γ(h) = 0.05 + 0.55Exp (h) + 0.40Sph (h)


ahmax = 1100 ahmax = ∞
ahmin = 900 ahmin = 2000
avert = 10 avert = 10

The reference data are generated at a resolution of 1m x 1m x 5m that spans an area of


600m x 600m. The block height corresponds to an arbitrarily small 5m bench. Assuming
a specific gravity of 2.7, this volume corresponds to a monthly production volume of just
under 5 million tonnes (at nominally 160 000 tonnes/day). A cutoff grade of 5.0% is applied
to each location and a reference ore-waste map is obtained. Figure 2 shows the reference
data histogram, variogram and maps.
The units are arbitrary. The mining rate is pretty high and the grade units are not
given. The exercise is useful nonetheless.

5
BH Data Estimated Grades with BH Data
600.
600.000

10.000 10.000
500.

8.000 8.000

400.

6.000 6.000

North
300.

4.000 4.000

200.
2.000 2.000

100.
.0 .0

0. .0
.0 East 600.000
0. 100. 200. 300. 400. 500. 600.

BH Data above cutoff Estimated Grades above cutoff


600.
600.000

10.000 10.000
500.

8.000 8.000

400.

6.000 6.000
North

300.

4.000 4.000

200.
2.000 2.000

100.
0.0 0.0

0. 0.0
0.0 East 600.000
0. 100. 200. 300. 400. 500. 600.

Figure 3: Maps of: (1) blasthole (BH) samples at nominally 10m x 10m spacing used for
outlining ore-waste contacts (top left), (2) estimated grades based on all BH (top right), (3)
only those BH samples above the cutoff grade of 5% (bottom left), and only those estimated
grades above the cutoff grade (bottom right). Outline based on the estimated grades map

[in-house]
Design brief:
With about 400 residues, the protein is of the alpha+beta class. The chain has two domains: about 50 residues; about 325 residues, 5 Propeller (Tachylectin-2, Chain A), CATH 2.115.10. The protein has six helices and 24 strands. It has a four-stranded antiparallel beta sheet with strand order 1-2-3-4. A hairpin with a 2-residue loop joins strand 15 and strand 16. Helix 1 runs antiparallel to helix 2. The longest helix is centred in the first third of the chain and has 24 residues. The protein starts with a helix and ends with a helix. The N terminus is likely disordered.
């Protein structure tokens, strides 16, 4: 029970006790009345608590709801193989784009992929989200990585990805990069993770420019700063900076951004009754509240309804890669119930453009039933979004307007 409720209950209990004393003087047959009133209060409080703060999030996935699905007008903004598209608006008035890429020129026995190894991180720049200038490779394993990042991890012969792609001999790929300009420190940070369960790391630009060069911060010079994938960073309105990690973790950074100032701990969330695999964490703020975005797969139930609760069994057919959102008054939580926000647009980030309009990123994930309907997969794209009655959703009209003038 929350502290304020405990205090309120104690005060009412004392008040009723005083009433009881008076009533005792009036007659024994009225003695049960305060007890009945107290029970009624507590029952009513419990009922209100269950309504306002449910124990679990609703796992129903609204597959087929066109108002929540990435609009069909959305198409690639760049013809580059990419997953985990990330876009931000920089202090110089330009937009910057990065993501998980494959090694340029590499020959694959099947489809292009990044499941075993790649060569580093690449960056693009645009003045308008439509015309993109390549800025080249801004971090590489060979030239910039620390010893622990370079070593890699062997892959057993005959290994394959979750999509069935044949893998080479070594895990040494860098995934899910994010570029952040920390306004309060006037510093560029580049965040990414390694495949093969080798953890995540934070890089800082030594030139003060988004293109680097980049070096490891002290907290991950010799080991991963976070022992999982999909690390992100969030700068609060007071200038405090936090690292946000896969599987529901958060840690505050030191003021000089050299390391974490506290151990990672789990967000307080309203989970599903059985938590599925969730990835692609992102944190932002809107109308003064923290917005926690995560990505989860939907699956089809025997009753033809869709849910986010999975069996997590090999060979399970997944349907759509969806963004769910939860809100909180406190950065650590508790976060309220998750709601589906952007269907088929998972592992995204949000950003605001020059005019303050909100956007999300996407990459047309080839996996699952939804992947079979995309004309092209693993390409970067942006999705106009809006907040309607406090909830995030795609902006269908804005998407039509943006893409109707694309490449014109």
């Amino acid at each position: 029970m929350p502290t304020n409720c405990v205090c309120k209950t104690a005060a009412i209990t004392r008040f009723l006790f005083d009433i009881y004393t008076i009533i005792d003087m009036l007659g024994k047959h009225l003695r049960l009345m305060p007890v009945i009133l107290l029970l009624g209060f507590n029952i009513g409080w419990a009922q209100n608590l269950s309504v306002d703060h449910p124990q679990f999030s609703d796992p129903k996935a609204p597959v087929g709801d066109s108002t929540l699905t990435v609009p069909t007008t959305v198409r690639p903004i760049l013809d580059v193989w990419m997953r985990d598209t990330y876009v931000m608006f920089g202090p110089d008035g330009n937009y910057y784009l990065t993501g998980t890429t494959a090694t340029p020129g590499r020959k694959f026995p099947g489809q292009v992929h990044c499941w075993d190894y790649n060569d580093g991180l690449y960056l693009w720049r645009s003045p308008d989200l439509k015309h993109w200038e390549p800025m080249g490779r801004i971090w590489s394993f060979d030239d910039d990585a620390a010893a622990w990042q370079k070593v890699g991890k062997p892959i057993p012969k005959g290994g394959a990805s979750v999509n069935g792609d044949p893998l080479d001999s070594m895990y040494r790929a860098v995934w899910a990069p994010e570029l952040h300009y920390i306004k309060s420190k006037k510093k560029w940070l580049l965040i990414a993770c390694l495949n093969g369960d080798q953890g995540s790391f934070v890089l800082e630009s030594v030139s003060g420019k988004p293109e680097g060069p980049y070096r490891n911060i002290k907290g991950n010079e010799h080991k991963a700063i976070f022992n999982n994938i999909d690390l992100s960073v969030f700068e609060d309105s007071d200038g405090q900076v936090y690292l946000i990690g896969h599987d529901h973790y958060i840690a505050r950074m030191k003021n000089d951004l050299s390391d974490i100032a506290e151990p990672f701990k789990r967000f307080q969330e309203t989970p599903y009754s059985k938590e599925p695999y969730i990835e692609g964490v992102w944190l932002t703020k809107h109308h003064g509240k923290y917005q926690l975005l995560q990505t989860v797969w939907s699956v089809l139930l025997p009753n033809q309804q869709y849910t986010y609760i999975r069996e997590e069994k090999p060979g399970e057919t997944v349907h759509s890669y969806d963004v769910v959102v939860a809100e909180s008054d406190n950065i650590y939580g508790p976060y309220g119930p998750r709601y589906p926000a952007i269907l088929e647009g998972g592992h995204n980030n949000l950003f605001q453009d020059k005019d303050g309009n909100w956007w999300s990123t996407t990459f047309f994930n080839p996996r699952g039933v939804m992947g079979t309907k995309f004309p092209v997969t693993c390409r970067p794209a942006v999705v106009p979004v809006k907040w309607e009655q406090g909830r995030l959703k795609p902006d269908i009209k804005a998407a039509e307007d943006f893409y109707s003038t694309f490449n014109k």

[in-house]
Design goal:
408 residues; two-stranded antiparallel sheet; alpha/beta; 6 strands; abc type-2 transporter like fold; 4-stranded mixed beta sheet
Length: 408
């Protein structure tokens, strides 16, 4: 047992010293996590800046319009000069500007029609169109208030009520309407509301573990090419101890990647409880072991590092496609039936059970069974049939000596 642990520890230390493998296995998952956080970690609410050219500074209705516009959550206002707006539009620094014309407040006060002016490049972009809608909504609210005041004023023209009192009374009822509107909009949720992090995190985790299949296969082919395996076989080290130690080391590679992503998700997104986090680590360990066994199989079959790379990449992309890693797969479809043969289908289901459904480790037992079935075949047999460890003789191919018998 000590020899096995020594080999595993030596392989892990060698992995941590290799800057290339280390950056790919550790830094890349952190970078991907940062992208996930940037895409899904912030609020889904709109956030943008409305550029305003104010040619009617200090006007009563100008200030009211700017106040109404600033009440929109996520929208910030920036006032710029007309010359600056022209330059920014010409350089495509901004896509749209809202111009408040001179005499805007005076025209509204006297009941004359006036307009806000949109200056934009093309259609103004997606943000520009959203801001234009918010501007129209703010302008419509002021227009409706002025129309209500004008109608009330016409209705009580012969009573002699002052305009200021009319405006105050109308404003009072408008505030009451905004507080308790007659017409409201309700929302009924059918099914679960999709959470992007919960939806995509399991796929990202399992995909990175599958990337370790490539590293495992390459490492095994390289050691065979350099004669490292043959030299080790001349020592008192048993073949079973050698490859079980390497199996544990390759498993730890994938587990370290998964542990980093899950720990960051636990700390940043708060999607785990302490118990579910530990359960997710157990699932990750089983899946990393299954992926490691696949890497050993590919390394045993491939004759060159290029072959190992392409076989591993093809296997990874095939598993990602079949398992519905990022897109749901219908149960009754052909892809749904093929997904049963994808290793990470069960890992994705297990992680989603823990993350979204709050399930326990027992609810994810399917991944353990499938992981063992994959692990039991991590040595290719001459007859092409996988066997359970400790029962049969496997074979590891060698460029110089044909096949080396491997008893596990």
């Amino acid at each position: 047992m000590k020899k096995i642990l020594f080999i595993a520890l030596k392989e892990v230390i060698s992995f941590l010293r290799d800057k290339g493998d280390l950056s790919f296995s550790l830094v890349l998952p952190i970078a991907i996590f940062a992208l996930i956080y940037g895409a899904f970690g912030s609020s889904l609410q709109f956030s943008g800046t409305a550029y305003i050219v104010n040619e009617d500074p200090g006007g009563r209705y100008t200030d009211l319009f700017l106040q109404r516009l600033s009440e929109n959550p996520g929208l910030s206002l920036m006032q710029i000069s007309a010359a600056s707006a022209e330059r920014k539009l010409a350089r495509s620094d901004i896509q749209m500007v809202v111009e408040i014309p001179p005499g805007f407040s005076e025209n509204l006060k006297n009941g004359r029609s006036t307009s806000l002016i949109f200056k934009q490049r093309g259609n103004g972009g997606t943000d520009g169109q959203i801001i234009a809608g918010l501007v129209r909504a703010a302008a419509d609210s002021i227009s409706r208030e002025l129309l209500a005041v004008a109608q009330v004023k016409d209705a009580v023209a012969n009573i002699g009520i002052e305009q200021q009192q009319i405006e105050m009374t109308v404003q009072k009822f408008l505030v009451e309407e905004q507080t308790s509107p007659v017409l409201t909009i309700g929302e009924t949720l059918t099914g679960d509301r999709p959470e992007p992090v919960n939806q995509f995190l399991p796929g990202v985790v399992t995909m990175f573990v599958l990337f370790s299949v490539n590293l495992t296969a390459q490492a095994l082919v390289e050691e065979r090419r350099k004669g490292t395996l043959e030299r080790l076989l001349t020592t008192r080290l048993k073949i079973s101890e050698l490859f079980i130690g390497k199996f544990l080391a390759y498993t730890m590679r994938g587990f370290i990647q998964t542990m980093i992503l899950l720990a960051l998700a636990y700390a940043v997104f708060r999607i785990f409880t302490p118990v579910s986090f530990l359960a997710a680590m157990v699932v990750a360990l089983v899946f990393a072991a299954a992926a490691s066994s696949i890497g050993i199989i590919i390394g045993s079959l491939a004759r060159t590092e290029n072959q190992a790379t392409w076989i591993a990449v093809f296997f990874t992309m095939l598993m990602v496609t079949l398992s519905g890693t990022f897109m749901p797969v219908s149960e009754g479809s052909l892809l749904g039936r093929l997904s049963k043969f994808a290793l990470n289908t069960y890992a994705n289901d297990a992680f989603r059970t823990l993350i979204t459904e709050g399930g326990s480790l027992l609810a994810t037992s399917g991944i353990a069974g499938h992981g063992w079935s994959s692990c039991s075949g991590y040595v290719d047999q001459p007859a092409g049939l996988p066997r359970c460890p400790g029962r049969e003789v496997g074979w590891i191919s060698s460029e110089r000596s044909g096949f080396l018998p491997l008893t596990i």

is shown as solid line, while the outline based on BH data alone is shown as a dashed line.

Conventional Grade Control. Blasthole data are sampled from this reference map at
nominally 10m x 10m spacing. A small random component is added to the coordinates of
the sampled data to mimic potential errors in the field. These blasthole data are then used
to perform estimation of the grades at a fine 2m x 2m x 5m grid using ordinary kriging
(Figure 3). For the two maps, the cutoff grade is applied to show only those values strictly
above the cutoff grade. Two ore-waste contact outlines are drawn corresponding to the
trimmed map of the blasthole data and the map of estimates, respectively. To show the
differences between the outlines, they are superimposed onto the estimated grades map and
the blasthole locations (after trimming out values below the cutoff grade). The outline from
the kriged values is chosen as the outline for grade control because it appears to be a better
approximation of the boundary between ore and waste without accepting too much internal
dilution.
This ore-waste outline is applied to the reference grade map in Figure 2 to determine
the mill’s production. For an assumed specific gravity of 2.7, there are 2.426 million tonnes
of ore at an average grade of 7.35%, and there are 2.434 million tonnes of waste. These

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Reference Data with OW Outline
600.0 Grade within Polygon
Number of Data 179678
10.0 number trimmed 180322
mean 7.346
std. dev. 2.175
.120 coef. of var .296
8.0
maximum 21.703
upper quartile 8.570
median 7.080
6.0

Frequency
lower quartile 5.770
.080 minimum 2.501
North

4.0

.040
2.0

.0
.0
.0 .0 4.0 8.0 12.0 16.0
.0 East 600.0
Grades

Figure 4: Map of reference grades for ore (left) and histogram of grades within the ore
polygon (right).

become the reference or base values for To , Tw and zo for checking against the following
simulation approach.

Simulation-based Grade Control. Exploration drillholes are sampled from the refer-
ence map at approximately 50m x 50m spacing. These samples are used to construct a
conditional simulation model for small 5m x 5m block sizes. The ten realizations generated
are then block averaged to a range of possible SMU sizes: 10x10, 15x15, 20x20, 25x25,